Pew “˜peril’ report misses the point
The Bend Bulletin
Editorial, November 13, 2009
By now, most Oregonians are probably aware of our state’s inclusion in another “worst of” list. This one, compiled by The Pew Center on the States, examines economic conditions and related policies in nine states that approach the gold standard for mayhem set by our neighbor to the south. It’s called “Beyond California: States in Fiscal Peril.”
Such reports follow a basic script, and this one’s no different. They quantify conditions, which in Oregon’s case consist largely of eye-popping unemployment, combined with a massive drop in state tax collections. They describe the policy framework that creates and exacerbates these problems. Oregon, for instance, relies too heavily on the volatile income tax, sends unanticipated tax revenue back to the public by means of the kicker, and allows citizens to shape public policy through initiative and referendum. And, finally, they at least tacitly support policy changes that would mitigate the biggest problems. The Pew folks focus with particular distaste on the kicker and voters’ ability to second-guess their betters, er, their elected representatives.
The Pew report gets a lot of things right. The state’s tax structure is crazy, and for years we’ve supported the creation of a sales tax, combined with a reduction in the income tax. Direct democracy, meanwhile, can certainly create budget problems. Measure 11, the notorious tough-on-crime initiative, set appropriately painful minimum sentences for violent criminals. But it also inflated spending on prisons and created its own set of victims, personified locally by David Black.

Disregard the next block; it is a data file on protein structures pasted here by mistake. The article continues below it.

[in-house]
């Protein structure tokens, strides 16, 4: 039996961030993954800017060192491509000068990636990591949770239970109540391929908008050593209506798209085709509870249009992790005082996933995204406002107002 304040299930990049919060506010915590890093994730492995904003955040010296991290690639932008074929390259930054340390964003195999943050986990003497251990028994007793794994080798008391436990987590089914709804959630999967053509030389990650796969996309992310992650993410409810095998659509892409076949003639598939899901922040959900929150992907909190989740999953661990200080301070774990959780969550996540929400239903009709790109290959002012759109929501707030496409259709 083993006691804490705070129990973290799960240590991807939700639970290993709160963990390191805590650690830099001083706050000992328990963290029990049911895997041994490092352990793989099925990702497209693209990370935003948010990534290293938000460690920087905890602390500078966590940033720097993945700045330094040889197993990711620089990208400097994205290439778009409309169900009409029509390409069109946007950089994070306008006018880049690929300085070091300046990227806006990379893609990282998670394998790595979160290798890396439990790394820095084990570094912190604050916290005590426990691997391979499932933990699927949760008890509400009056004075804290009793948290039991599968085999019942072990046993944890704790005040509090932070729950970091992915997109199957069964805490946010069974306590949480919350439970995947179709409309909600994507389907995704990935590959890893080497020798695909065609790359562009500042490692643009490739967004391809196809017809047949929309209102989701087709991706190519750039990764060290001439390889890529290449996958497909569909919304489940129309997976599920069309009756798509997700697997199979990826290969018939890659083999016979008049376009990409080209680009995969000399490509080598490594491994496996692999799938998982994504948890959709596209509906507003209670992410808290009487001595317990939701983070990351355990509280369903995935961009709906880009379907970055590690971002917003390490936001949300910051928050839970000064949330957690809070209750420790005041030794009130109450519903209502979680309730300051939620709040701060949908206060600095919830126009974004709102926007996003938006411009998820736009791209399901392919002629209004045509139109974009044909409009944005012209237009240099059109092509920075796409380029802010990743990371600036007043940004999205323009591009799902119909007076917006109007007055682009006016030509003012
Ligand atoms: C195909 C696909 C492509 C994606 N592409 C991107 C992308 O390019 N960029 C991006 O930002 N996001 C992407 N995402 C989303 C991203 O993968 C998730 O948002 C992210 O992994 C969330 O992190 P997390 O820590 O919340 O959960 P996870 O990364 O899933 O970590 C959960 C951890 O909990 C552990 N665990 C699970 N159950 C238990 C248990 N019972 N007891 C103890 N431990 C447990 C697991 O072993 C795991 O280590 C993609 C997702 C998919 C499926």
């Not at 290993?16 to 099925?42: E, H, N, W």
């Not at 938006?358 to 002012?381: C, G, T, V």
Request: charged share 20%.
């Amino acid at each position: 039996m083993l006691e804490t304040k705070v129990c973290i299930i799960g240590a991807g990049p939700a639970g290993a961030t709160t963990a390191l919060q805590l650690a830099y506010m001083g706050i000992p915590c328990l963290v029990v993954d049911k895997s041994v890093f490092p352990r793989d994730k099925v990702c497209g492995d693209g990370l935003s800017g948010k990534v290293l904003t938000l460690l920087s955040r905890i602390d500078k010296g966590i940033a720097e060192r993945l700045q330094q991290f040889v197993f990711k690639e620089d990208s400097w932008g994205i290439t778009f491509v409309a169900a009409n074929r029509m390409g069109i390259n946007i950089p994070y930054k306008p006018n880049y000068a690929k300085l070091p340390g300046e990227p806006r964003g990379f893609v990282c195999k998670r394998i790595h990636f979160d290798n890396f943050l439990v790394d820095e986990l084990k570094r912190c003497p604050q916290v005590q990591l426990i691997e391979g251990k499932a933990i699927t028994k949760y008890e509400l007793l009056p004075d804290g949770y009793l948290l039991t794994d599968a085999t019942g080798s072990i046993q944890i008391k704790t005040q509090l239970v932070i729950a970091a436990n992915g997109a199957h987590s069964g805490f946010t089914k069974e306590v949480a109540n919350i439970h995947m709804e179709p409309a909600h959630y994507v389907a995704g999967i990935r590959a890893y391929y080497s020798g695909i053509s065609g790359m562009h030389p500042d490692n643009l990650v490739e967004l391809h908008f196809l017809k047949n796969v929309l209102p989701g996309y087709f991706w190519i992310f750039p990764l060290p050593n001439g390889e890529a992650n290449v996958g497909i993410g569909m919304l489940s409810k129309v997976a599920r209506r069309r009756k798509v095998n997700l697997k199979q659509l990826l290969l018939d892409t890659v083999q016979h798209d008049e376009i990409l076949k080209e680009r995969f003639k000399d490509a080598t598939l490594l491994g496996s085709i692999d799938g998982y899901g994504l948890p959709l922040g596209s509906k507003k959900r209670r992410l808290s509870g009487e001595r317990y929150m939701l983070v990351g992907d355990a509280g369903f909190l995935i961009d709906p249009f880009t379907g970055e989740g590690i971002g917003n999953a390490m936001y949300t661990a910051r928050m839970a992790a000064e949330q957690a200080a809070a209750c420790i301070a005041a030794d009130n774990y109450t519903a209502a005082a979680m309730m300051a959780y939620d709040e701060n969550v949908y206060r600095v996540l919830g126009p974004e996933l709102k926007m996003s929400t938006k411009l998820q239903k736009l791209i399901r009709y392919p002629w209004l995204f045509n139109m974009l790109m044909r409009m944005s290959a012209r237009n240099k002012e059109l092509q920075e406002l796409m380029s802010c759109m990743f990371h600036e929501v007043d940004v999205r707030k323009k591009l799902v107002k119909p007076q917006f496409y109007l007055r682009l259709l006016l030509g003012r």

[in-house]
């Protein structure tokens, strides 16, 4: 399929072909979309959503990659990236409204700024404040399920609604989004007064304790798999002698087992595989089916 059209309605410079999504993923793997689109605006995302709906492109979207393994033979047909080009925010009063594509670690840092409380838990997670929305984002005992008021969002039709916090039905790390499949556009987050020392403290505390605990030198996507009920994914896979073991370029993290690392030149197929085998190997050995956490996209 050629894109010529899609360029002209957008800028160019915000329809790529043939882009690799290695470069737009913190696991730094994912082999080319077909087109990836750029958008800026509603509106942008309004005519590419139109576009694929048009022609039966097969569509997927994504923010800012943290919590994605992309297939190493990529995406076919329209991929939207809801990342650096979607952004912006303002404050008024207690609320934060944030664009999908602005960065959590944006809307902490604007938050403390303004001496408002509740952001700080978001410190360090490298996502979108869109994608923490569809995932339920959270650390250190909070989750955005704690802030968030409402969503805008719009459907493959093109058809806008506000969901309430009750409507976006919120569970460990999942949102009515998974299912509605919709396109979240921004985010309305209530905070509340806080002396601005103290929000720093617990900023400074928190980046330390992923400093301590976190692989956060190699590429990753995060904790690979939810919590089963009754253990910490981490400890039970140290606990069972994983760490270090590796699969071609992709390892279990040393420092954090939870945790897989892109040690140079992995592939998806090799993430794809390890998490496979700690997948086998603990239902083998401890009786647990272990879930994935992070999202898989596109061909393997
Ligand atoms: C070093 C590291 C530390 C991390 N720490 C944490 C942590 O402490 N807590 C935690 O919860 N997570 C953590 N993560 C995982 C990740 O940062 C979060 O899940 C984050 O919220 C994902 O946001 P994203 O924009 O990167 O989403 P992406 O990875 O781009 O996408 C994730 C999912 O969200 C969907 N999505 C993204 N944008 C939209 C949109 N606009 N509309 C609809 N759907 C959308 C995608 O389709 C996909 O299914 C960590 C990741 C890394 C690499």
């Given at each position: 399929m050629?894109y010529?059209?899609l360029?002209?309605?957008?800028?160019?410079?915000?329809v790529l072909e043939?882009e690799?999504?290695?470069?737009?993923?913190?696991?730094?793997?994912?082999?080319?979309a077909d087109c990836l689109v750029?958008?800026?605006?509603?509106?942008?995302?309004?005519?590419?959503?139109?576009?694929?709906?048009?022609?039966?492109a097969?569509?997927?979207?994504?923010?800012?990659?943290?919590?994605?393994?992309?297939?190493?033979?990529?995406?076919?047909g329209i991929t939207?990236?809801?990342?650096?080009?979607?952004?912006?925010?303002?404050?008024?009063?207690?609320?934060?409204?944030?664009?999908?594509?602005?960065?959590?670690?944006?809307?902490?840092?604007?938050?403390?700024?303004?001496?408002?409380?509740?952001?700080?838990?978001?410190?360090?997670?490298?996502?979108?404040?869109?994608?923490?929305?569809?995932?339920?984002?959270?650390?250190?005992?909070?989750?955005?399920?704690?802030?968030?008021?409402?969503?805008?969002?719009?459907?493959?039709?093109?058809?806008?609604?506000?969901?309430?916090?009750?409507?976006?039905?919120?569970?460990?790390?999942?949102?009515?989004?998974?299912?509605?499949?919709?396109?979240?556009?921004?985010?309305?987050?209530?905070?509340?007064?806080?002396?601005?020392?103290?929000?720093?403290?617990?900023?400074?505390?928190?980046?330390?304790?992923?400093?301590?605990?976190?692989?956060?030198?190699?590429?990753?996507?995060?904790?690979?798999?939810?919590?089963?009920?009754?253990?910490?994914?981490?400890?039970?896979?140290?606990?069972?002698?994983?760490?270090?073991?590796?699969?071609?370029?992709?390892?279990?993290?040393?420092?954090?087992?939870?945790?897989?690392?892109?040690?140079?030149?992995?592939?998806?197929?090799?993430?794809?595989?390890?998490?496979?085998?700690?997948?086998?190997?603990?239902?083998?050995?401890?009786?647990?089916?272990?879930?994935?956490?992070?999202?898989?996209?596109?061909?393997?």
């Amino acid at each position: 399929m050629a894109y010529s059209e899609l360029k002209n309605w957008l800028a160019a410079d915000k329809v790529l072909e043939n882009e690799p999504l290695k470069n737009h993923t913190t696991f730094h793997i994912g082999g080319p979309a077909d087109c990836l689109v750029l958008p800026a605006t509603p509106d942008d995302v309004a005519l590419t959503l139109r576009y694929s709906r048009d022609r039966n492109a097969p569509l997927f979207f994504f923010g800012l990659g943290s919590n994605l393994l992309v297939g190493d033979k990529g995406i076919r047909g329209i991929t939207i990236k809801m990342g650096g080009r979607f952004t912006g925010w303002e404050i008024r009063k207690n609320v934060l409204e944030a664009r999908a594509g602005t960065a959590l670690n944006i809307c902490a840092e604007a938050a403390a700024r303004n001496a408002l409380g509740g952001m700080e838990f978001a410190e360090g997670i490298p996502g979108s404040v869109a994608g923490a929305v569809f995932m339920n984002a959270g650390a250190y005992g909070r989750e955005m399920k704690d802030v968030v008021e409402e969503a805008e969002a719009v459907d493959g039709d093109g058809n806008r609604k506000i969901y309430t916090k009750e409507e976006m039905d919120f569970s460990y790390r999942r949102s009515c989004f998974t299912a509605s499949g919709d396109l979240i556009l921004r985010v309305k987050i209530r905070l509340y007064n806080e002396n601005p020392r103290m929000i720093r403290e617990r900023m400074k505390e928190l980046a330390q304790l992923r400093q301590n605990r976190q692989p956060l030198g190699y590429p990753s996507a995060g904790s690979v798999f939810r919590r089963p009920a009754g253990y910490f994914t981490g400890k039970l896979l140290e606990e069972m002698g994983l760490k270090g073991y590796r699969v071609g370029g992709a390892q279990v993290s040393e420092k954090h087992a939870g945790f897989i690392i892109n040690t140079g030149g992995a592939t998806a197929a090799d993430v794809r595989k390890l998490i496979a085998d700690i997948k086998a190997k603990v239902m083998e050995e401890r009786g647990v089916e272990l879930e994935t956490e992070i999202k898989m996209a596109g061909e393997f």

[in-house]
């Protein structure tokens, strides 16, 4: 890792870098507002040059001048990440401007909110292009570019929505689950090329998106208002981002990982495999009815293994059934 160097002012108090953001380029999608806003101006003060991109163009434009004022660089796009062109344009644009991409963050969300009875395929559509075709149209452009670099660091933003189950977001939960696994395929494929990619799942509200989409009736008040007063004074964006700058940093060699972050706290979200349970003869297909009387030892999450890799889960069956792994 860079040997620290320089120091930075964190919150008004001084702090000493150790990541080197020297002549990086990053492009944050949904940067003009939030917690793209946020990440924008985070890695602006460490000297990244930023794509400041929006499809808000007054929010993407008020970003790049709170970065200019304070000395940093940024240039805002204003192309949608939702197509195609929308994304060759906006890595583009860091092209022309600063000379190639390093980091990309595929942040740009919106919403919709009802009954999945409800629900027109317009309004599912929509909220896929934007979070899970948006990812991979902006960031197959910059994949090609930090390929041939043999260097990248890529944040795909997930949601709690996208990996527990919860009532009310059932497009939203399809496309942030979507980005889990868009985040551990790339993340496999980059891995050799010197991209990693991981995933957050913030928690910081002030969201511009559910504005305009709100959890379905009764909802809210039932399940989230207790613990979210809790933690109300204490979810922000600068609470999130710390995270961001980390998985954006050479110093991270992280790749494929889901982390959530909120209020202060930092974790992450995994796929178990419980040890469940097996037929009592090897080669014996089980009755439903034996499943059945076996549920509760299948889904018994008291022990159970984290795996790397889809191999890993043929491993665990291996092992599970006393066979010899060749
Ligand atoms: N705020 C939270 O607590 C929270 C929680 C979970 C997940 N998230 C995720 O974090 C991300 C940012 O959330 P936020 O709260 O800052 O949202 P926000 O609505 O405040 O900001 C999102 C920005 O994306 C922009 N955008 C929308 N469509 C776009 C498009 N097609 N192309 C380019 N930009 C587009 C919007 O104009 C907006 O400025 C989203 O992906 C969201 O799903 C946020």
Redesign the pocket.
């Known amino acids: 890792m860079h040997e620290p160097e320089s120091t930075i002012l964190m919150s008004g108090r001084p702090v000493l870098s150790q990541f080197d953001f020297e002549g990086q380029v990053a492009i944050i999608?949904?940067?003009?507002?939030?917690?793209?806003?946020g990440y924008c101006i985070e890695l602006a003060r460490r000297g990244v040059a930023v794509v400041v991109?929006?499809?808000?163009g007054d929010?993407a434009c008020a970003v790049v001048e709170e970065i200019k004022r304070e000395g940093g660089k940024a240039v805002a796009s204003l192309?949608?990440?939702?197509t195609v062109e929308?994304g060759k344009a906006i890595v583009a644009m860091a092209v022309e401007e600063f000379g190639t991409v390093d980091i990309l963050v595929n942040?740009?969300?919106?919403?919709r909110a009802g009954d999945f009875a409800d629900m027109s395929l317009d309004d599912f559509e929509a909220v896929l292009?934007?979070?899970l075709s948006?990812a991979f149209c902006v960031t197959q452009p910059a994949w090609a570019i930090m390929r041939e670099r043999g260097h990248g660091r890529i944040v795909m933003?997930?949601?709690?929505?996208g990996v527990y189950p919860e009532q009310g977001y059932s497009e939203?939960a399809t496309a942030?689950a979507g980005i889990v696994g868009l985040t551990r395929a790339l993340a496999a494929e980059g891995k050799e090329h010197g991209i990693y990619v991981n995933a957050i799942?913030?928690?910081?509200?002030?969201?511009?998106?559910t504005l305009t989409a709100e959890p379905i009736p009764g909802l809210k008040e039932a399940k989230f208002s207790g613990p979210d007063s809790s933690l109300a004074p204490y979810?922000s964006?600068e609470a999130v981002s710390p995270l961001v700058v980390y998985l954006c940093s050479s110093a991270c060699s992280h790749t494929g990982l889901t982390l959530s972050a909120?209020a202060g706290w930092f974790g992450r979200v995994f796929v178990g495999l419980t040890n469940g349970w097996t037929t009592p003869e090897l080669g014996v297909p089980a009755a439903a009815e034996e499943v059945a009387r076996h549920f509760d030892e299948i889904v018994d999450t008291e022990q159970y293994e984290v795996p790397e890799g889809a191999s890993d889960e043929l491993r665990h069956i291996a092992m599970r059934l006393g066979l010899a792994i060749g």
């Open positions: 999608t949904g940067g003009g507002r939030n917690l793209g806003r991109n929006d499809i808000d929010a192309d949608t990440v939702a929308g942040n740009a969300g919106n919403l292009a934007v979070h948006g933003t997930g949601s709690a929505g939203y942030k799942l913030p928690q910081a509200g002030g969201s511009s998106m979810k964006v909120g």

Ultimately, however, the Pew report completely misses the point, which is why Oregon voters often make decisions that might strike East Coast policy wonks as inappropriate. Somebody who knows nothing about Oregon might read “Beyond California” and conclude that we’re all just dumb. But the view from inside the state is quite different. Where Pew provides shallow analysis of the big picture, Oregonians witness, year after year, the steady accumulation of policies and behavior that simply wouldn’t appear on the Pew Center’s radar. In other words, they know their own environment.
Consider the business energy tax credit (BETC), a vast expansion of which the Legislature approved on the strength of deliberately low-balled cost estimates. The credits ultimately reduce the size of the state’s general fund, which pays for schools. But that hasn’t stopped the governor from promoting it or savvy entities from using “” and abusing “” it.
Thus, the BETC has pumped millions of dollars into “green” projects that have flopped. And its pass-through option has allowed government agencies, in essence, to swipe future general fund dollars to pay for hybrid cars, efficient lighting and so on. The BETC is the perfect combination of bad faith and bad policy.